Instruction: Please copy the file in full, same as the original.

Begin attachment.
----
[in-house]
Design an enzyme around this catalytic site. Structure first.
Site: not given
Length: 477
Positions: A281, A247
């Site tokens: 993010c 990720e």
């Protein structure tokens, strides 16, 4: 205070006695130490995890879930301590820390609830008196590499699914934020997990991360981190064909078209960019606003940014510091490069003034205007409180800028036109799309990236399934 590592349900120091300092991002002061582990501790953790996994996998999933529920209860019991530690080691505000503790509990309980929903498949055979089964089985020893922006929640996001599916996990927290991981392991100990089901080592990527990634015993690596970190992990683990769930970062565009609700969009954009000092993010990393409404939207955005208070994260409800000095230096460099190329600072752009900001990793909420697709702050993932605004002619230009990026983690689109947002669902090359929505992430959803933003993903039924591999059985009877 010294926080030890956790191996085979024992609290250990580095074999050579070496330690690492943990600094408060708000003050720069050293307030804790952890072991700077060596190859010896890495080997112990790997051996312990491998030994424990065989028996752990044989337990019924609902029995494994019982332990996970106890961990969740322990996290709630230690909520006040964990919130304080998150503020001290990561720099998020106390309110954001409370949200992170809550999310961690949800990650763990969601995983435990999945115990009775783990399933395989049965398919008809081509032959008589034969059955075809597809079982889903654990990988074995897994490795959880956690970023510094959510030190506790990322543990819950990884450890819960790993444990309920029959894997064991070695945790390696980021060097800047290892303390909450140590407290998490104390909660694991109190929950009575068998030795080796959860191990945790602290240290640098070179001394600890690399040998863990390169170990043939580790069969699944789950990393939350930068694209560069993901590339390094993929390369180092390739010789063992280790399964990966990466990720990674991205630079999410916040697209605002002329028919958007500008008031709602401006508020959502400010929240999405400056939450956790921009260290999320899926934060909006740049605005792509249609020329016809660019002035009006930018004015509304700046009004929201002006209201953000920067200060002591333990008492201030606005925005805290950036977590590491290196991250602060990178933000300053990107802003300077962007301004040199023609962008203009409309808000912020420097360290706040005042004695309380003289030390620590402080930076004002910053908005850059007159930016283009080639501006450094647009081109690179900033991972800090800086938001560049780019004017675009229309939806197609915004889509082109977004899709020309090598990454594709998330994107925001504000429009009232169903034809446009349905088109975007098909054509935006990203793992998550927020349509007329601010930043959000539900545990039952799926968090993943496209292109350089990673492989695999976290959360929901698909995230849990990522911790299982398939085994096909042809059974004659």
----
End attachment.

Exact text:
[in-house]
Design an enzyme around this catalytic site. Structure first.
Site: not given
Length: 477
Positions: A281, A247
């Site tokens: 993010c 990720e």
């Protein structure tokens, strides 16, 4: 205070006695130490995890879930301590820390609830008196590499699914934020997990991360981190064909078209960019606003940014510091490069003034205007409180800028036109799309990236399934 590592349900120091300092991002002061582990501790953790996994996998999933529920209860019991530690080691505000503790509990309980929903498949055979089964089985020893922006929640996001599916996990927290991981392991100990089901080592990527990634015993690596970190992990683990769930970062565009609700969009954009000092993010990393409404939207955005208070994260409800000095230096460099190329600072752009900001990793909420697709702050993932605004002619230009990026983690689109947002669902090359929505992430959803933003993903039924591999059985009877 010294926080030890956790191996085979024992609290250990580095074999050579070496330690690492943990600094408060708000003050720069050293307030804790952890072991700077060596190859010896890495080997112990790997051996312990491998030994424990065989028996752990044989337990019924609902029995494994019982332990996970106890961990969740322990996290709630230690909520006040964990919130304080998150503020001290990561720099998020106390309110954001409370949200992170809550999310961690949800990650763990969601995983435990999945115990009775783990399933395989049965398919008809081509032959008589034969059955075809597809079982889903654990990988074995897994490795959880956690970023510094959510030190506790990322543990819950990884450890819960790993444990309920029959894997064991070695945790390696980021060097800047290892303390909450140590407290998490104390909660694991109190929950009575068998030795080796959860191990945790602290240290640098070179001394600890690399040998863990390169170990043939580790069969699944789950990393939350930068694209560069993901590339390094993929390369180092390739010789063992280790399964990966990466990720990674991205630079999410916040697209605002002329028919958007500008008031709602401006508020959502400010929240999405400056939450956790921009260290999320899926934060909006740049605005792509249609020329016809660019002035009006930018004015509304700046009004929201002006209201953000920067200060002591333990008492201030606005925005805290950036977590590491290196991250602060990178933000300053990107802003300077962007301004040199023609962008203009409309808000912020420097360290706040005042004695309380003289030390620590402080930076004002910053908005850059007159930016283009080639501006450094647009081109690179900033991972800090800086938001560049780019004017675009229309939806197609915004889509082109977004899709020309090598990454594709998330994107925001504000429009009232169903034809446009349905088109975007098909054509935006990203793992998550927020349509007329601010930043959000539900545990039952799926968090993943496209292109350089990673492989695999976290959360929901698909995230849990990522911790299982398939085994096909042809059974004659």